June 18th, 2024

Journeyman Start program helping women get into trades

By Herald on August 20, 2021.

Sparks fly as a student practices welding as part of the Journeyman Start program put on by Women Building Futures and Lethbridge College. Herald photo by Al Beeber

Al Beeber – Lethbridge Herald

A collaboration between Lethbridge College and a non-profit organization called Women Building Futures is giving women education in trades and construction.

The 12-week Journeyman Start program started July 5 with 10 women being introduced to a range of opportunities in LC’s School of Trades.

Students are learning various skills in carpentry, heavy-duty mechanics and welding as well as getting wind turbine technician training. They’re also learning electrical skills.

The program is funded in part by the Women in Construction Fund, run by the federal government. This allows women to study without tuition costs.

Carla Moen, CEO and president of the WBF, said Thursday the program gives unemployed and underemployed women the training to take control of their lives while giving them economic stability for themselves and their families.

“We see this all the time now the number of years we’ve been running our programs, our network of more than 2,400 alumni across the province spreads the word. They tell people that ‘I didn’t know I could be successful in the trades and look at me now,’” Moen said.

“We provide them with not only support on the front end and helping them understand if they’re ready. But throughout the 12 to 16 weeks they spend with us in this program, we also spend time building their confidence so they are able to walk very confidently into employment.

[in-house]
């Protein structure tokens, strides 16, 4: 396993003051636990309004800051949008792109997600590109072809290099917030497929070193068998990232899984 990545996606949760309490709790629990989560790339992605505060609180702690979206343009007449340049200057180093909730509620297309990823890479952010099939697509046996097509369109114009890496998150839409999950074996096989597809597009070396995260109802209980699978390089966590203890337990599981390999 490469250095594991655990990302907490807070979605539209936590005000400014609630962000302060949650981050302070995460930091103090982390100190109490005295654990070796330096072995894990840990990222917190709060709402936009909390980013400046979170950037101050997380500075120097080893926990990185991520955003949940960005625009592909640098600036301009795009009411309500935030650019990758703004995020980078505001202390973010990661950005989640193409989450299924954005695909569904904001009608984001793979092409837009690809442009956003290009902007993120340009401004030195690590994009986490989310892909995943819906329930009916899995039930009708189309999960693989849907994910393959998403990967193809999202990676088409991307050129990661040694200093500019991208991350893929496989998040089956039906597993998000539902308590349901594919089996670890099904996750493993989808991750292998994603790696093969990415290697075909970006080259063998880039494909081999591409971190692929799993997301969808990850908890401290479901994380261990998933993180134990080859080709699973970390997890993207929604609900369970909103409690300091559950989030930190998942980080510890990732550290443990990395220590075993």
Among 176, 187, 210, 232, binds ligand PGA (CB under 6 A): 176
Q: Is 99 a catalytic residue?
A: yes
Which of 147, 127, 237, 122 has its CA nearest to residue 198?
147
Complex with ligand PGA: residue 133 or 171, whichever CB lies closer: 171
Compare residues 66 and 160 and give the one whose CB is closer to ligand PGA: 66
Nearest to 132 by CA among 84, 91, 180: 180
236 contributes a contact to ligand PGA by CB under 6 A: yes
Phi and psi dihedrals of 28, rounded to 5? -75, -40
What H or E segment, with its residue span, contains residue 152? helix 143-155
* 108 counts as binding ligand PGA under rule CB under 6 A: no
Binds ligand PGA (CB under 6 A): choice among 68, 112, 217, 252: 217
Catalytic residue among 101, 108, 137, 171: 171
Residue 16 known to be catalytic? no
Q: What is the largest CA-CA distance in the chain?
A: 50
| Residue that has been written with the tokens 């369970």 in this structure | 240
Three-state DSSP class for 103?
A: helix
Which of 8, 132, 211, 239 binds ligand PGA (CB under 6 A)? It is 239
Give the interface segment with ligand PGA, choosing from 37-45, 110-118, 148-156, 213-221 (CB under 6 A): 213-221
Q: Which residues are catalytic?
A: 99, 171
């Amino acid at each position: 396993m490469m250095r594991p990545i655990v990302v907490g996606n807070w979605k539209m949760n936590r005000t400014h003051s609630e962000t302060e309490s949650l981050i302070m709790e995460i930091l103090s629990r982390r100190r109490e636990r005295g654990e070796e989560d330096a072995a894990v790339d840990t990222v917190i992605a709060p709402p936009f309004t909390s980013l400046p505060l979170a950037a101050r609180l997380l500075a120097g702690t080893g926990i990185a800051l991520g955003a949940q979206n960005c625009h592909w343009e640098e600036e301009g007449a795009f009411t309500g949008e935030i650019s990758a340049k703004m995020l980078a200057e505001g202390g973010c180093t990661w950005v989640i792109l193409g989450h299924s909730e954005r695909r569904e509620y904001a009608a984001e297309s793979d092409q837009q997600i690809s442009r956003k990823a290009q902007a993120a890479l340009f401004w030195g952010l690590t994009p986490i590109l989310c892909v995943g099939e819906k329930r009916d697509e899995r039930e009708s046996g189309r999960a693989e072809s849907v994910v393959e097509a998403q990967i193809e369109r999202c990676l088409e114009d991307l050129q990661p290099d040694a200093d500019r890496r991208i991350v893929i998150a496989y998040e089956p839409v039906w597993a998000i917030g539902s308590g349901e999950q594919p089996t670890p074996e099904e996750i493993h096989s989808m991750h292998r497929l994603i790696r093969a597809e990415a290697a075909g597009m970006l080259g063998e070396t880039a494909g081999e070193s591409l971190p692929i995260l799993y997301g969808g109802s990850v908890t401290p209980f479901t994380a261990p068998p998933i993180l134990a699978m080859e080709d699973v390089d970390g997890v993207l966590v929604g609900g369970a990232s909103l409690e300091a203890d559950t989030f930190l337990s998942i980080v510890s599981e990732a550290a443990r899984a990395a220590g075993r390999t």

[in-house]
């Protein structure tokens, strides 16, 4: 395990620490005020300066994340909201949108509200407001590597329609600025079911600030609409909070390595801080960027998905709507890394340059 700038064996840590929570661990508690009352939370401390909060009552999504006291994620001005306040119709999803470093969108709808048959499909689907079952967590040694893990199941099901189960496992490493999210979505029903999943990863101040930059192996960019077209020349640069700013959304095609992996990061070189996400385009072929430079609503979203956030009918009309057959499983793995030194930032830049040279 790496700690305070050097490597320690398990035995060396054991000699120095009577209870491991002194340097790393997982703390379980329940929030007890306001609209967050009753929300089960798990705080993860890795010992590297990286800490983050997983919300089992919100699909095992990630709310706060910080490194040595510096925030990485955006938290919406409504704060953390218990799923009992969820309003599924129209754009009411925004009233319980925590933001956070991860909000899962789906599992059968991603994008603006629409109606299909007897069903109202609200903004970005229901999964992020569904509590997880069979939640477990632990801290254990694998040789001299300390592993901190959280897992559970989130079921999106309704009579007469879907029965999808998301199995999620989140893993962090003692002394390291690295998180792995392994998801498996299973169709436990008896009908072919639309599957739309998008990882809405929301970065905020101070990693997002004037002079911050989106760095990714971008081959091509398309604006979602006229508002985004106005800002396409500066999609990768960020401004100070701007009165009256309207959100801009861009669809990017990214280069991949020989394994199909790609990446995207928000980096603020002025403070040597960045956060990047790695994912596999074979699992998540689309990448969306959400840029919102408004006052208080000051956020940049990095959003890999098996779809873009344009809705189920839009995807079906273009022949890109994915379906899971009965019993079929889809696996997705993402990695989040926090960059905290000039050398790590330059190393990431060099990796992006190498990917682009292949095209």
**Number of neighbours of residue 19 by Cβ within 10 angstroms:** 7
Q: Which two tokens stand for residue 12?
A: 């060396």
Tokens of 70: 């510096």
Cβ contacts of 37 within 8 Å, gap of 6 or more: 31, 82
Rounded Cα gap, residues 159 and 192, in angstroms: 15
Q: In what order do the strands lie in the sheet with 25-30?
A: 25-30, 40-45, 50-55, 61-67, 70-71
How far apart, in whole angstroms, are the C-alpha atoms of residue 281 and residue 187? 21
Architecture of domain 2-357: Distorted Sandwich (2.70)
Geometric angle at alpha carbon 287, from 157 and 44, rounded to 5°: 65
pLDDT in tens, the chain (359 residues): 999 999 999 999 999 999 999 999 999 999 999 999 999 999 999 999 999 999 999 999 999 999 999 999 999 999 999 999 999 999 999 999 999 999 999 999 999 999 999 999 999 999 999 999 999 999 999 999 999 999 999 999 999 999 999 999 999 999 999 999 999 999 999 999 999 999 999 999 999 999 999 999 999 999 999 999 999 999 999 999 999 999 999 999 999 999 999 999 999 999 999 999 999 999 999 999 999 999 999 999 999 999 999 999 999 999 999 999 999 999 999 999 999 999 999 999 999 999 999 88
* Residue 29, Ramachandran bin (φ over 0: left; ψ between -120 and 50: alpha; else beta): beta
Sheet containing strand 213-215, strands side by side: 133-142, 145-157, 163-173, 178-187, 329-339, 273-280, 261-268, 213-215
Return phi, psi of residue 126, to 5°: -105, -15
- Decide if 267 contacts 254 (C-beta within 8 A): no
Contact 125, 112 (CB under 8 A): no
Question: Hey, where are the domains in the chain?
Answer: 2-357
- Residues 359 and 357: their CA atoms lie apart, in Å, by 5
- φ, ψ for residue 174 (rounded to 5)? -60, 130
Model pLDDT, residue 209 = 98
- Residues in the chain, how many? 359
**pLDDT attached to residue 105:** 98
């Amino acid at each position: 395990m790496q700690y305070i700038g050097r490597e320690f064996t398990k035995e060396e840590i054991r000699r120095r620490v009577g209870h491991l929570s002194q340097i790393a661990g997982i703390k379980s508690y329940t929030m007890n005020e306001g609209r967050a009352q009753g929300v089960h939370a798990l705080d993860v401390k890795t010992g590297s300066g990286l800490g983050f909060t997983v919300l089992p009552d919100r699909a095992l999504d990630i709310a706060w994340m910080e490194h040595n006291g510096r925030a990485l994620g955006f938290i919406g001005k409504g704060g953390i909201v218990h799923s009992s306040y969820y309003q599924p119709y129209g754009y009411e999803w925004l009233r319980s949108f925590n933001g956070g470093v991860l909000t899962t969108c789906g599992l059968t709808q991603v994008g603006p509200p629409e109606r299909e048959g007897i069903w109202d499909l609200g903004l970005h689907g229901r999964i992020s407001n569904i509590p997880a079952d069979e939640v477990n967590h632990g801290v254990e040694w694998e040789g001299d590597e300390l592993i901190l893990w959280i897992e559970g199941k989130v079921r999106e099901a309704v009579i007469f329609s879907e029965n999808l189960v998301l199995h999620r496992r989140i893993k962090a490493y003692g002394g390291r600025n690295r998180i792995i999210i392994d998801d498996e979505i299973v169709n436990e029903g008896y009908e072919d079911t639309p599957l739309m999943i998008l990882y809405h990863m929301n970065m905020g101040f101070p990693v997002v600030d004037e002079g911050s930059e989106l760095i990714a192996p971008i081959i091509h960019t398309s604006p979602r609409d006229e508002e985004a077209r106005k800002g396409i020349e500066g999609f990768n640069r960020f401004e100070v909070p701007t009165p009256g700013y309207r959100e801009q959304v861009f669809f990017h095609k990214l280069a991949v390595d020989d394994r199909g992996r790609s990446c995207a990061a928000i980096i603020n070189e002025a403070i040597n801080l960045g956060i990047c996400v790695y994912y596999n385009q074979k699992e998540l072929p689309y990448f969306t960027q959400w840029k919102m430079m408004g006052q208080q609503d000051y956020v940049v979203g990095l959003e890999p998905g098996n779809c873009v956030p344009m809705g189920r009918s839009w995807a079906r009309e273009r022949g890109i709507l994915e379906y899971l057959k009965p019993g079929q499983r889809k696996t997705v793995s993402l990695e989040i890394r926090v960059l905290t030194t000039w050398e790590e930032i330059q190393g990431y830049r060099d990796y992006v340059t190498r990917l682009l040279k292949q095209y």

“The other important part is this just isn’t about initially getting women employed; this is about getting women employed in secure roles that they can raise families with. For in order for us to do that and support our students and alumni in doing that, we partner with employers of choice,” Moen said.

“That helps the women moving onto those sites continue with maintaining their voice; we also encourage them. From what I understand in many years past, women would graduate from the programs and would often be given the advice ‘get in there, work hard, don’t make any ripples.’ And today what we tell them is show up as your true and genuine self because that diverse perspective that women bring to those job sites is truly, truly valued,” Moen said.

WBF, said Moen, “is a longstanding non-profit organization based in Edmonton region for more than 20 years primarily supporting introductory construction trades training for women. Our focus is connecting them on a path to economic security and we do this not only through the training but also support the removal of barriers along the way, so things like their general awareness for opportunity, their personal situation, financial situation, confidence. So we spend a lot of time working on those areas with them,” Moen added.

“The social side of what we do helps women, often at many times single moms, connect themselves to very secure futures” while creating a workplace that more accurately addresses the real world, she said.

“And the beautiful secondary outcome of this we are at the same time actually adjusting the face of industry to better reflect the general population.”

“Getting women into that training and certainly the women that recognize that it is the right thing for them is a huge point of focus for us,” Moen said.

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